Feminism in novels marketed for young adults often reflects the values of a popular feminism that relies on individual and personal means of empowerment, rather than critiquing or seeking to dismantle systems of domination. In this paper, we illumminate frameworks and methods for engaging students in careful readings and evaluations of texts marketed as feminist, through an analysis of Elana Arnold’s feminist fairy tale, Damsel (2018). Drawing on theoretical frameworks of popular feminism, feral feminism, and theories of becoming, the authors use Critical Content Anlaysis to explore several tenets in contemporary feminist thought in order to analyze Arnold’s text and its themes of empowerment and liberation, domestication and ferality, and the discursive and material conditions of becoming. The authors argue that complex understandings of feminist frameworks can move readers toward more robust critique of the various forms of feminism that can be found in young adult literature, and suggest that this novel offers pathways for interrogating complex feminist scripts in young adult literature.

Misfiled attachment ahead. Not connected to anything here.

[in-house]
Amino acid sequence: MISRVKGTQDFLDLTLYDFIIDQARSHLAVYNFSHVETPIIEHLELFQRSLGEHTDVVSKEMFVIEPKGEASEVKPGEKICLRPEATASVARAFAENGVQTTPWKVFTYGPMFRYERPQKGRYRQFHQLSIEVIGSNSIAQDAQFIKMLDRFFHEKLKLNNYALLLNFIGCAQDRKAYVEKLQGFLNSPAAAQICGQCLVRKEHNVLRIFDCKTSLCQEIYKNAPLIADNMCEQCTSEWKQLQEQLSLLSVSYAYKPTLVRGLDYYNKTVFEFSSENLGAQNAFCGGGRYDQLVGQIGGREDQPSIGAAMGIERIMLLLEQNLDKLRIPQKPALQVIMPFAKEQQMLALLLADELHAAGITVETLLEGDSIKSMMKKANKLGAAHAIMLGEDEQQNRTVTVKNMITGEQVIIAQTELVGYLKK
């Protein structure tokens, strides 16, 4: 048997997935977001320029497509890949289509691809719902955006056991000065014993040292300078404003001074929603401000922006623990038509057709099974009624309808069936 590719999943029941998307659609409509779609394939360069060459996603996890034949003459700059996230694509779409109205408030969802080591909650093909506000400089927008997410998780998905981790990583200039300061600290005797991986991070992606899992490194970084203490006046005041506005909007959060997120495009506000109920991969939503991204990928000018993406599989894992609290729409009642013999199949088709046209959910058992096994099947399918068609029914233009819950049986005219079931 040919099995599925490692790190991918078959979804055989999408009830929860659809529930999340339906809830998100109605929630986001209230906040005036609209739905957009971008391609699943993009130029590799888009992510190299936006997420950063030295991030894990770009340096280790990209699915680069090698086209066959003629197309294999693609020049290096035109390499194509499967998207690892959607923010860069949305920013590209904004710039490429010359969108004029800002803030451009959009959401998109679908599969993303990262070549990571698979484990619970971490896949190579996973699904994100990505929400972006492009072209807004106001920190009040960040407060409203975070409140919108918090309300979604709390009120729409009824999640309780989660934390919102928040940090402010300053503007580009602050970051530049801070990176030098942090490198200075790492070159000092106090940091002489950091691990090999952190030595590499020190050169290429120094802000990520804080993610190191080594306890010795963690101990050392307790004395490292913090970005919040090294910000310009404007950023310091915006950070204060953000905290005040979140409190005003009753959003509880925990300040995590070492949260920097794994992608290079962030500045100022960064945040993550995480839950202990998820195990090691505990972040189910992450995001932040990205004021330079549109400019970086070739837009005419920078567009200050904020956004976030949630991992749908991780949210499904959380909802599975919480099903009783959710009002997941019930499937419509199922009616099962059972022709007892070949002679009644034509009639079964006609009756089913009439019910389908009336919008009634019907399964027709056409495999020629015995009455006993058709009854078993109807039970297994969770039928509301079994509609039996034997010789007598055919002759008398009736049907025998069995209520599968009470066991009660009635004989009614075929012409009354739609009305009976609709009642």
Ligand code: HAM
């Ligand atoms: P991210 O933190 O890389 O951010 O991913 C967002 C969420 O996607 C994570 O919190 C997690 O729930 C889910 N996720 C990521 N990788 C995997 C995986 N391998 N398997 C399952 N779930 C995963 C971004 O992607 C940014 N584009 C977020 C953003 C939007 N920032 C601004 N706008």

Published in International Journal of Young Adult Literature, Fall 2022.
© The Authors, 2022. This is an open access article distributed under the terms of the Creative Commons Attribution 4.0 license (unless otherwise stated) which permits unrestricted use, distribution, and reproduction in any medium, provided the original work is properly cited.
Spiering, J., & Amato, N. (2022). “Nothing to do but be borne and steered”: Unpacking feminist scripts in Elana Arnold’s Damsel. The International Journal of Young Adult Literature, 3(1), Article 1. https://doi.org/10.24877/IJYAL.76